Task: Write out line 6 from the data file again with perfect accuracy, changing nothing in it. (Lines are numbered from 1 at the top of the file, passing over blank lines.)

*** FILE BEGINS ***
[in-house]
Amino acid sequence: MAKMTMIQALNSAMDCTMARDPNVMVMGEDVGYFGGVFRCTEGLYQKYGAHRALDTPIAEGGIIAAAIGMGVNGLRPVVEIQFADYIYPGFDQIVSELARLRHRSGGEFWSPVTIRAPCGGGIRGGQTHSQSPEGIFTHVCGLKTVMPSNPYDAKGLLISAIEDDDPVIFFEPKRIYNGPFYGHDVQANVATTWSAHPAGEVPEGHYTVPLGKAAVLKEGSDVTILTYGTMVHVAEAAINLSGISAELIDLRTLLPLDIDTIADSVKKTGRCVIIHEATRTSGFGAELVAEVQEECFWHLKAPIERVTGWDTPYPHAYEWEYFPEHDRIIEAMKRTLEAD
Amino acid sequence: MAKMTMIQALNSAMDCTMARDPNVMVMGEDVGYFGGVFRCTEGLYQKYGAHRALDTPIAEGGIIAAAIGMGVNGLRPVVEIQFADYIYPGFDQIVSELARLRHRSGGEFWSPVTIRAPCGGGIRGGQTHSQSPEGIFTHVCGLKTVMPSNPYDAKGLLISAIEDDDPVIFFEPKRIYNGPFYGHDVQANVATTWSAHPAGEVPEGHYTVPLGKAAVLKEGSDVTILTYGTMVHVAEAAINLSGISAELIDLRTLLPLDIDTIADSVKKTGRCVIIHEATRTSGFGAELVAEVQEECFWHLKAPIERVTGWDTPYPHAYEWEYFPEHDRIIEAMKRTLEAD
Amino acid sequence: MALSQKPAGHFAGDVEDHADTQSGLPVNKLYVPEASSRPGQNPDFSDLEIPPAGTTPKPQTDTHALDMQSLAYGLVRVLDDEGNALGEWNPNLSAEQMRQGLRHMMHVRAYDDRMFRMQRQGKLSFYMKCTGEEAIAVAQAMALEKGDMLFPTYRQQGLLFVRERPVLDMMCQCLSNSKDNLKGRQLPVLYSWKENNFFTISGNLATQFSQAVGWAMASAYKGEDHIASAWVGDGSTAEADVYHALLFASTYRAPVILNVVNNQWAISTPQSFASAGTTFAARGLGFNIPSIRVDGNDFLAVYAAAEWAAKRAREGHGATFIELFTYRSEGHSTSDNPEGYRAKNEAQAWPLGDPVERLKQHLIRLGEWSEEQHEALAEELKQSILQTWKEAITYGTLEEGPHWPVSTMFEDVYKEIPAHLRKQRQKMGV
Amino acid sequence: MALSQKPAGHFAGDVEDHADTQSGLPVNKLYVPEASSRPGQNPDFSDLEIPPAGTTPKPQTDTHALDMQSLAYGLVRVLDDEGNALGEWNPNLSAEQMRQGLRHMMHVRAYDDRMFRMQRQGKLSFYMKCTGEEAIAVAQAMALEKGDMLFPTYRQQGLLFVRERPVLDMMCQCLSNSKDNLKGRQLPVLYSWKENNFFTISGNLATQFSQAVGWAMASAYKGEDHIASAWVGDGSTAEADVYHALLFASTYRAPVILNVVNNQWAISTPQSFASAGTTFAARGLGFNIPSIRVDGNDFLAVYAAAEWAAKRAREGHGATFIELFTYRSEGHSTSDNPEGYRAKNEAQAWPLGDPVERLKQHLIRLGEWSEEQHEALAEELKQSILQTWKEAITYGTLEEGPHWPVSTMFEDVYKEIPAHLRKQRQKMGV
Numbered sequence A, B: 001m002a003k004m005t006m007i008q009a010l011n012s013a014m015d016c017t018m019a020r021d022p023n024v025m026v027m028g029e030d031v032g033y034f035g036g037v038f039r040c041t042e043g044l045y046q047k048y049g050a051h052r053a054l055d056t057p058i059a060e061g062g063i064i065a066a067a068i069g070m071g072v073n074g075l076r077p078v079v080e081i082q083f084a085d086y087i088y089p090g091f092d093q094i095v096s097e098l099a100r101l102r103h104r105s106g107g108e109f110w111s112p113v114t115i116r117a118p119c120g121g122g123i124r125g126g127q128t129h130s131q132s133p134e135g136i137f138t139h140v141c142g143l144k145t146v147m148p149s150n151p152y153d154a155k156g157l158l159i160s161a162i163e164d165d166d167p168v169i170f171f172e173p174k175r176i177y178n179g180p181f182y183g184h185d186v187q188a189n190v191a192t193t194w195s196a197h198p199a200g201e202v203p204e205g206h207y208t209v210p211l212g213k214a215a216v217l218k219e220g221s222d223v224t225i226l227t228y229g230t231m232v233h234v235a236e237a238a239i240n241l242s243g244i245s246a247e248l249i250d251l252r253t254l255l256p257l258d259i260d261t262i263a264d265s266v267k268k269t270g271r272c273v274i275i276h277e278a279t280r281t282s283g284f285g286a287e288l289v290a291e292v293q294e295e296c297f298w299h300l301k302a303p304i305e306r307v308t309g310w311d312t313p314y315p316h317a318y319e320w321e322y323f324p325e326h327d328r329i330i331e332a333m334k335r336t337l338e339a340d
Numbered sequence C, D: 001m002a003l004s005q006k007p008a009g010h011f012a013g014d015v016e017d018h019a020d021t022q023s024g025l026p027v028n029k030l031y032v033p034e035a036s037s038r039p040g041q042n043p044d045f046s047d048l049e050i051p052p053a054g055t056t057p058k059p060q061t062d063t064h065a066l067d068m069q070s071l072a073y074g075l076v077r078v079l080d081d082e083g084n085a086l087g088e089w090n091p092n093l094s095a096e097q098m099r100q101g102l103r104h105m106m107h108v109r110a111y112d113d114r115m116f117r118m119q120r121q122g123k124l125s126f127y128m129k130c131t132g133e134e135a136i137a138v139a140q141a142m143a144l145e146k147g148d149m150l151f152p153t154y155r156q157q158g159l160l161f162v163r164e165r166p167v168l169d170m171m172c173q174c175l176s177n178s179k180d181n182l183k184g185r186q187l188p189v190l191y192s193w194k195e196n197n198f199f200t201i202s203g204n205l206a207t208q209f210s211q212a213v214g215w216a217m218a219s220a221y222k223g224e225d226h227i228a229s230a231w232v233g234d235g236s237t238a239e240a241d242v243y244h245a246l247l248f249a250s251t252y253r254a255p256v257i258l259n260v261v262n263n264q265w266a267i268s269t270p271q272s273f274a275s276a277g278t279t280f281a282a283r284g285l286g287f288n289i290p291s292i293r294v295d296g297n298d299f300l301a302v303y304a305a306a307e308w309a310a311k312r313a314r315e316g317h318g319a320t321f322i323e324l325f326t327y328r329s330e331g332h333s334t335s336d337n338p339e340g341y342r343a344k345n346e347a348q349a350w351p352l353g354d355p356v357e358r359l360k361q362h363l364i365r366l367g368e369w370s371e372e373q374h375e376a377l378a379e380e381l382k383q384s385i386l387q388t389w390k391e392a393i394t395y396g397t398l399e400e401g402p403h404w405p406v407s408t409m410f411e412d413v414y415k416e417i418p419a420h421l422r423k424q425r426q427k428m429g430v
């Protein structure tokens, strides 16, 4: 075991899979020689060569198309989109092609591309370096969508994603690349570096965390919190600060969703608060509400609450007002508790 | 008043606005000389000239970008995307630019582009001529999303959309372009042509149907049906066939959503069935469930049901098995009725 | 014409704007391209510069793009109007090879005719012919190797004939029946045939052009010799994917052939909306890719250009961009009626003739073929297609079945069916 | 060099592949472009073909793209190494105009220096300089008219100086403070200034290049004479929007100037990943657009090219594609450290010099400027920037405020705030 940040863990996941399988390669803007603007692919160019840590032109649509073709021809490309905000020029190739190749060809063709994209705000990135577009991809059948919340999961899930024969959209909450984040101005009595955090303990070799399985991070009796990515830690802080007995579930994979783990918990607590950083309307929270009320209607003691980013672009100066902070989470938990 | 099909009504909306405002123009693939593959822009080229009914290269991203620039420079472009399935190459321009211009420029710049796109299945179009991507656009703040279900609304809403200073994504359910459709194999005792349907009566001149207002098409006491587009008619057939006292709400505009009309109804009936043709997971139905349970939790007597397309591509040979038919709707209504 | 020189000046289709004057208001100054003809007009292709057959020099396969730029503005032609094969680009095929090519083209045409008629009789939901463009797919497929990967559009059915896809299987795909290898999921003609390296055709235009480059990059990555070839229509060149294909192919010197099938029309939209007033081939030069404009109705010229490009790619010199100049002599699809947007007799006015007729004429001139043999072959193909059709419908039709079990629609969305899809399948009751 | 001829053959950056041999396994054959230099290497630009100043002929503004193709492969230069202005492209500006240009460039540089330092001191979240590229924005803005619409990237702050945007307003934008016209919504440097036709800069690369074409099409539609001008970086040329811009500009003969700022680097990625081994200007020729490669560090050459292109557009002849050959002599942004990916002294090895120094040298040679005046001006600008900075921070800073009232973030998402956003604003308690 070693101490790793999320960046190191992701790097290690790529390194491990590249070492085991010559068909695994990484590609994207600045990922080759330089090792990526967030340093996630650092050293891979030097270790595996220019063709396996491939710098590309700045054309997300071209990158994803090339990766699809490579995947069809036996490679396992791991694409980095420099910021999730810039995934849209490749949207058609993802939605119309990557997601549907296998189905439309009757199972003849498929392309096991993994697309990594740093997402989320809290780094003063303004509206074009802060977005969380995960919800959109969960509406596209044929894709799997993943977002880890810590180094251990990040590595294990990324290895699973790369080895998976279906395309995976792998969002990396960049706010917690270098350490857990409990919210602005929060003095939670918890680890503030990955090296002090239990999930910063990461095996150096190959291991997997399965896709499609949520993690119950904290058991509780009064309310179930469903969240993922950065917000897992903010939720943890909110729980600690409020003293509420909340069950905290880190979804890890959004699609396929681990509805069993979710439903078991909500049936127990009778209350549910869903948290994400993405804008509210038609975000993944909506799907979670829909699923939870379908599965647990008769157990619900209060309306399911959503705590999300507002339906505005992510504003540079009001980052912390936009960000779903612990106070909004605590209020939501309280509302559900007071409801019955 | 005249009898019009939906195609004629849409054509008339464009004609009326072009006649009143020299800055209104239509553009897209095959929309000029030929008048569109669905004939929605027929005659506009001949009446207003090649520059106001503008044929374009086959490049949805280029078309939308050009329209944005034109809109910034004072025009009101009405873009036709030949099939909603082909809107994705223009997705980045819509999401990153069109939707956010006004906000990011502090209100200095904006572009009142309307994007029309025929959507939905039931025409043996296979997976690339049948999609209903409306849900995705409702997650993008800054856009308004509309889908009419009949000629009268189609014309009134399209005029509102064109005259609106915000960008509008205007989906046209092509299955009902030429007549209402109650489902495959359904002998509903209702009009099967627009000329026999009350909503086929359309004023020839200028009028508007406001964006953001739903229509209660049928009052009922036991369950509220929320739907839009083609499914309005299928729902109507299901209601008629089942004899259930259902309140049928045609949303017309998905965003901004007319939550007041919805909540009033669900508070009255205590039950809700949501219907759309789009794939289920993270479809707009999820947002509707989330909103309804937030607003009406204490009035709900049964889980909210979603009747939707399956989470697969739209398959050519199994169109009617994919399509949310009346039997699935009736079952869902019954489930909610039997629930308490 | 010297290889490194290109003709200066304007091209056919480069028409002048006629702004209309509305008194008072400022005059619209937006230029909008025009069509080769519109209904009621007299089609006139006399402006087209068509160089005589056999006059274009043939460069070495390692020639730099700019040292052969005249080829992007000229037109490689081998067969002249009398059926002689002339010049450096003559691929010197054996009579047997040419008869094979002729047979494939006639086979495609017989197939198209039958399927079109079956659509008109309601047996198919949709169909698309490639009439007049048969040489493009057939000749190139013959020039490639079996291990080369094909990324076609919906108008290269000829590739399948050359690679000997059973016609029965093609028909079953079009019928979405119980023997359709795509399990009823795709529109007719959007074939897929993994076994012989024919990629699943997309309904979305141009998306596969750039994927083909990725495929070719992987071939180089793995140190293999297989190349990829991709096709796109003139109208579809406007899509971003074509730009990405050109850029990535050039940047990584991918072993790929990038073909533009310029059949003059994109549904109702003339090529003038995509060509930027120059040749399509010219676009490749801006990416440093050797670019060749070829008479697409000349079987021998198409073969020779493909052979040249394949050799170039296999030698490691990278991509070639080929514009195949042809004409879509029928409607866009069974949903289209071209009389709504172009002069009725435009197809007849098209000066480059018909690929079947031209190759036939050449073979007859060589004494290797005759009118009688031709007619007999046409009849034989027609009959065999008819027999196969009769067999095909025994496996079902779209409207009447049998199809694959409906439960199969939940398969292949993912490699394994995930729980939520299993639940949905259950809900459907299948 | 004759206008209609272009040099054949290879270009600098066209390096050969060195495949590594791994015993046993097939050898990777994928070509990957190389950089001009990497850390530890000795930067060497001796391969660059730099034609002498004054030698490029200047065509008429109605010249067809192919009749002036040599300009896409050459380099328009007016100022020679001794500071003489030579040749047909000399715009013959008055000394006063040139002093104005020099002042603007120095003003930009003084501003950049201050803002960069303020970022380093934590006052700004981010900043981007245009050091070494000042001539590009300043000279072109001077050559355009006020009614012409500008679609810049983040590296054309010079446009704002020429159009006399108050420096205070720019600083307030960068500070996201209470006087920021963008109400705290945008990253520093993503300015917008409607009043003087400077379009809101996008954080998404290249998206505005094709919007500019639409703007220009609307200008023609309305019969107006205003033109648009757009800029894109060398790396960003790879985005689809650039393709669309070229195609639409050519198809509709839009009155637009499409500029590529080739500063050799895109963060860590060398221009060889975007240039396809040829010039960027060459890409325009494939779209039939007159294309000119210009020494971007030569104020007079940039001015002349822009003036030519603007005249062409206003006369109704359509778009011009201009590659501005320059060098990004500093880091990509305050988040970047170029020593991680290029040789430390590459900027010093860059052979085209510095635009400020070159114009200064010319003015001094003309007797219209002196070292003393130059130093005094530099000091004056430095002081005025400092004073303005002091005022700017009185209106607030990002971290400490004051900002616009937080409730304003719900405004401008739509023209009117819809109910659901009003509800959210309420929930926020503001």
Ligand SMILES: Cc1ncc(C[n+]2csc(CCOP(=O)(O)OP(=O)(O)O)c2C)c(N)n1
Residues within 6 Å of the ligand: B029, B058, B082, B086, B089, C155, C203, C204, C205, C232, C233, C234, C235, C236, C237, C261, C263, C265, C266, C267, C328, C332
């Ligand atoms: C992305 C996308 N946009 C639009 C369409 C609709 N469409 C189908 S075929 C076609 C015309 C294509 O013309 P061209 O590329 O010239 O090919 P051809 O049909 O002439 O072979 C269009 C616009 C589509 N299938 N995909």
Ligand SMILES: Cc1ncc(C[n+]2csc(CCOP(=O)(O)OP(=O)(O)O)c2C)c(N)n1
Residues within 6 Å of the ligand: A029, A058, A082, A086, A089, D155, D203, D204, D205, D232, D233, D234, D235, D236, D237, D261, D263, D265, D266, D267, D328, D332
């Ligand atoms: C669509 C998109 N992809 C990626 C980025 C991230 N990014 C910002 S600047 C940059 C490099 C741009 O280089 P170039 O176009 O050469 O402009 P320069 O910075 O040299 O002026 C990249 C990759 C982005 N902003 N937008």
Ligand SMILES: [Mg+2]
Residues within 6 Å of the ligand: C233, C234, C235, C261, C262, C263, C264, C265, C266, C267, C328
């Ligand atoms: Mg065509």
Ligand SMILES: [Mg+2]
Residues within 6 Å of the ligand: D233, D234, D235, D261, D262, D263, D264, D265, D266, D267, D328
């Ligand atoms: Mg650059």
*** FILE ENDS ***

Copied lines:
Numbered sequence A, B: 001m002a003k004m005t006m007i008q009a010l011n012s013a014m015d016c017t018m019a020r021d022p023n024v025m026v027m028g029e030d031v032g033y034f035g036g037v038f039r040c041t042e043g044l045y046q047k048y049g050a051h052r053a054l055d056t057p058i059a060e061g062g063i064i065a066a067a068i069g070m071g072v073n074g075l076r077p078v079v080e081i082q083f084a085d086y087i088y089p090g091f092d093q094i095v096s097e098l099a100r101l102r103h104r105s106g107g108e109f110w111s112p113v114t115i116r117a118p119c120g121g122g123i124r125g126g127q128t129h130s131q132s133p134e135g136i137f138t139h140v141c142g143l144k145t146v147m148p149s150n151p152y153d154a155k156g157l158l159i160s161a162i163e164d165d166d167p168v169i170f171f172e173p174k175r176i177y178n179g180p181f182y183g184h185d186v187q188a189n190v191a192t193t194w195s196a197h198p199a200g201e202v203p204e205g206h207y208t209v210p211l212g213k214a215a216v217l218k219e220g221s222d223v224t225i226l227t228y229g230t231m232v233h234v235a236e237a238a239i240n241l242s243g244i245s246a247e248l249i250d251l252r253t254l255l256p257l258d259i260d261t262i263a264d265s266v267k268k269t270g271r272c273v274i275i276h277e278a279t280r281t282s283g284f285g286a287e288l289v290a291e292v293q294e295e296c297f298w299h300l301k302a303p304i305e306r307v308t309g310w311d312t313p314y315p316h317a318y319e320w321e322y323f324p325e326h327d328r329i330i331e332a333m334k335r336t337l338e339a340d